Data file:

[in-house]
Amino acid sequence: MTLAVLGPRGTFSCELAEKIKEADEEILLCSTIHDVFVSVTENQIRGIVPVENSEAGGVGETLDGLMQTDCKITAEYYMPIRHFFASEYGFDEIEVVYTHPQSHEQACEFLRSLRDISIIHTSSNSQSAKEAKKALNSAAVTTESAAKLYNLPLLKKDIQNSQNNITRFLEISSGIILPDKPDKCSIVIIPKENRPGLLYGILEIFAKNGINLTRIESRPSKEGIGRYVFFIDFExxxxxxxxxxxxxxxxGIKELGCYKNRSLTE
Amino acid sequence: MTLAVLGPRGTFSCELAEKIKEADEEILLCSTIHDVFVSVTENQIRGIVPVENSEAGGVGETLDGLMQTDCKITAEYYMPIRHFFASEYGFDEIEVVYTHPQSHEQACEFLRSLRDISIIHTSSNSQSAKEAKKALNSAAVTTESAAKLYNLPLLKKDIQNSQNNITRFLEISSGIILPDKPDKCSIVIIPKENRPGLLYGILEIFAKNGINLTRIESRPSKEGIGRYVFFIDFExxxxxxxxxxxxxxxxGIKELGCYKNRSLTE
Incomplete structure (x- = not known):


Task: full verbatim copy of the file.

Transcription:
[in-house]
Amino acid sequence: MTLAVLGPRGTFSCELAEKIKEADEEILLCSTIHDVFVSVTENQIRGIVPVENSEAGGVGETLDGLMQTDCKITAEYYMPIRHFFASEYGFDEIEVVYTHPQSHEQACEFLRSLRDISIIHTSSNSQSAKEAKKALNSAAVTTESAAKLYNLPLLKKDIQNSQNNITRFLEISSGIILPDKPDKCSIVIIPKENRPGLLYGILEIFAKNGINLTRIESRPSKEGIGRYVFFIDFExxxxxxxxxxxxxxxxGIKELGCYKNRSLTE
Amino acid sequence: MTLAVLGPRGTFSCELAEKIKEADEEILLCSTIHDVFVSVTENQIRGIVPVENSEAGGVGETLDGLMQTDCKITAEYYMPIRHFFASEYGFDEIEVVYTHPQSHEQACEFLRSLRDISIIHTSSNSQSAKEAKKALNSAAVTTESAAKLYNLPLLKKDIQNSQNNITRFLEISSGIILPDKPDKCSIVIIPKENRPGLLYGILEIFAKNGINLTRIESRPSKEGIGRYVFFIDFExxxxxxxxxxxxxxxxGIKELGCYKNRSLTE
Incomplete structure (x- = not known):